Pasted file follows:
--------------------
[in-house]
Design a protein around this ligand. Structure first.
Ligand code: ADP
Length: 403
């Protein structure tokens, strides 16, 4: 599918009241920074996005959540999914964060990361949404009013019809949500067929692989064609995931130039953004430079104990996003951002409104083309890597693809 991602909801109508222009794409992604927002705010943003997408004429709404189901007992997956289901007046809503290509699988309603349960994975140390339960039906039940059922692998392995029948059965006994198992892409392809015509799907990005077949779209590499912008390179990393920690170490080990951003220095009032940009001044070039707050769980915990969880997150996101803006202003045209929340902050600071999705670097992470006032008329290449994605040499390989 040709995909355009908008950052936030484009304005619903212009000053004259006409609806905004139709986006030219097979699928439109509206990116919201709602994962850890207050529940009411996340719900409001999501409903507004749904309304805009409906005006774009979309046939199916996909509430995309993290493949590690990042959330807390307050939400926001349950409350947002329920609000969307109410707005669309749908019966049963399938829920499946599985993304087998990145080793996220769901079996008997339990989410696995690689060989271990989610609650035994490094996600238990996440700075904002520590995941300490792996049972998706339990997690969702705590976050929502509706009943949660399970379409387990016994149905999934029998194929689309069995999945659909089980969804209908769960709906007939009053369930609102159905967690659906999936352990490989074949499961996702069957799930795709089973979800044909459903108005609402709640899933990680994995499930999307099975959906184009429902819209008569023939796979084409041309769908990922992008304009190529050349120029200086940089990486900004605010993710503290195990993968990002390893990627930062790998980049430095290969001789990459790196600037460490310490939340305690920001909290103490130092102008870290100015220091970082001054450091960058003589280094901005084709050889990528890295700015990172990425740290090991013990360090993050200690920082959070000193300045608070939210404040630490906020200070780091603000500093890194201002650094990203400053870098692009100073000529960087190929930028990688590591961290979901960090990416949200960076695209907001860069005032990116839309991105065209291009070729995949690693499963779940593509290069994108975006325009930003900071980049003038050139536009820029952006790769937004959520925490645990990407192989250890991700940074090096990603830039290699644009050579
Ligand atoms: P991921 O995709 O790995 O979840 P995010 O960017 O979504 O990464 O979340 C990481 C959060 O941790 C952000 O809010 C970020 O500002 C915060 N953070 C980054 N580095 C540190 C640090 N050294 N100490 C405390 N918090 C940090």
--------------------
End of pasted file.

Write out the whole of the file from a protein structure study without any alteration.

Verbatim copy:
[in-house]
Design a protein around this ligand. Structure first.
Ligand code: ADP
Length: 403
């Protein structure tokens, strides 16, 4: 599918009241920074996005959540999914964060990361949404009013019809949500067929692989064609995931130039953004430079104990996003951002409104083309890597693809 991602909801109508222009794409992604927002705010943003997408004429709404189901007992997956289901007046809503290509699988309603349960994975140390339960039906039940059922692998392995029948059965006994198992892409392809015509799907990005077949779209590499912008390179990393920690170490080990951003220095009032940009001044070039707050769980915990969880997150996101803006202003045209929340902050600071999705670097992470006032008329290449994605040499390989 040709995909355009908008950052936030484009304005619903212009000053004259006409609806905004139709986006030219097979699928439109509206990116919201709602994962850890207050529940009411996340719900409001999501409903507004749904309304805009409906005006774009979309046939199916996909509430995309993290493949590690990042959330807390307050939400926001349950409350947002329920609000969307109410707005669309749908019966049963399938829920499946599985993304087998990145080793996220769901079996008997339990989410696995690689060989271990989610609650035994490094996600238990996440700075904002520590995941300490792996049972998706339990997690969702705590976050929502509706009943949660399970379409387990016994149905999934029998194929689309069995999945659909089980969804209908769960709906007939009053369930609102159905967690659906999936352990490989074949499961996702069957799930795709089973979800044909459903108005609402709640899933990680994995499930999307099975959906184009429902819209008569023939796979084409041309769908990922992008304009190529050349120029200086940089990486900004605010993710503290195990993968990002390893990627930062790998980049430095290969001789990459790196600037460490310490939340305690920001909290103490130092102008870290100015220091970082001054450091960058003589280094901005084709050889990528890295700015990172990425740290090991013990360090993050200690920082959070000193300045608070939210404040630490906020200070780091603000500093890194201002650094990203400053870098692009100073000529960087190929930028990688590591961290979901960090990416949200960076695209907001860069005032990116839309991105065209291009070729995949690693499963779940593509290069994108975006325009930003900071980049003038050139536009820029952006790769937004959520925490645990990407192989250890991700940074090096990603830039290699644009050579
Ligand atoms: P991921 O995709 O790995 O979840 P995010 O960017 O979504 O990464 O979340 C990481 C959060 O941790 C952000 O809010 C970020 O500002 C915060 N953070 C980054 N580095 C540190 C640090 N050294 N100490 C405390 N918090 C940090």